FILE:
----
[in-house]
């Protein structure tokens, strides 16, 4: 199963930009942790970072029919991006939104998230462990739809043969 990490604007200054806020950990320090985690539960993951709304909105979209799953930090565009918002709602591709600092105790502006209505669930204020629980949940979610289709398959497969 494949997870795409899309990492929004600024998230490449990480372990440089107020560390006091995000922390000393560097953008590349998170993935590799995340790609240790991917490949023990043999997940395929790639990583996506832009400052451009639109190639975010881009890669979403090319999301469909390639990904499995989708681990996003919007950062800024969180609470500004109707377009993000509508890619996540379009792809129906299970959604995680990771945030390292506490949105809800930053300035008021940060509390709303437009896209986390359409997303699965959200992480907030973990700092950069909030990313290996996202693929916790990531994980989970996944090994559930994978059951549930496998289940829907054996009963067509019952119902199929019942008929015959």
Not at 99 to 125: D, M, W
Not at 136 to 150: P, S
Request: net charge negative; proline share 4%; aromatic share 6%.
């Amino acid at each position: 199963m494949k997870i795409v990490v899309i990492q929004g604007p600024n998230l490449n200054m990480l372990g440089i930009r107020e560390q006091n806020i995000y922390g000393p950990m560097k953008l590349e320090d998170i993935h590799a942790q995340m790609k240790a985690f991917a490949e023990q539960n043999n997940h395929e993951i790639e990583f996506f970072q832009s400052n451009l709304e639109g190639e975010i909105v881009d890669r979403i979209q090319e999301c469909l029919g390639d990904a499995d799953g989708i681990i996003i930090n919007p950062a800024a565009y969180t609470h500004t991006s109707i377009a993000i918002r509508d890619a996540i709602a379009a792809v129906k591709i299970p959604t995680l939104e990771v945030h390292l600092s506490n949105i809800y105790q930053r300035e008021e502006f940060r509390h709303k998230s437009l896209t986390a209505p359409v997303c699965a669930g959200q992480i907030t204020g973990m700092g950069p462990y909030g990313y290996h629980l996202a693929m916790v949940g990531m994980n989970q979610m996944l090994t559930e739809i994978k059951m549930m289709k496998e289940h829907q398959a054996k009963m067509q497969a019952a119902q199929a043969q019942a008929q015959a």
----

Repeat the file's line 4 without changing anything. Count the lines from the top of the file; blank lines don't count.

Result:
Not at 136 to 150: P, S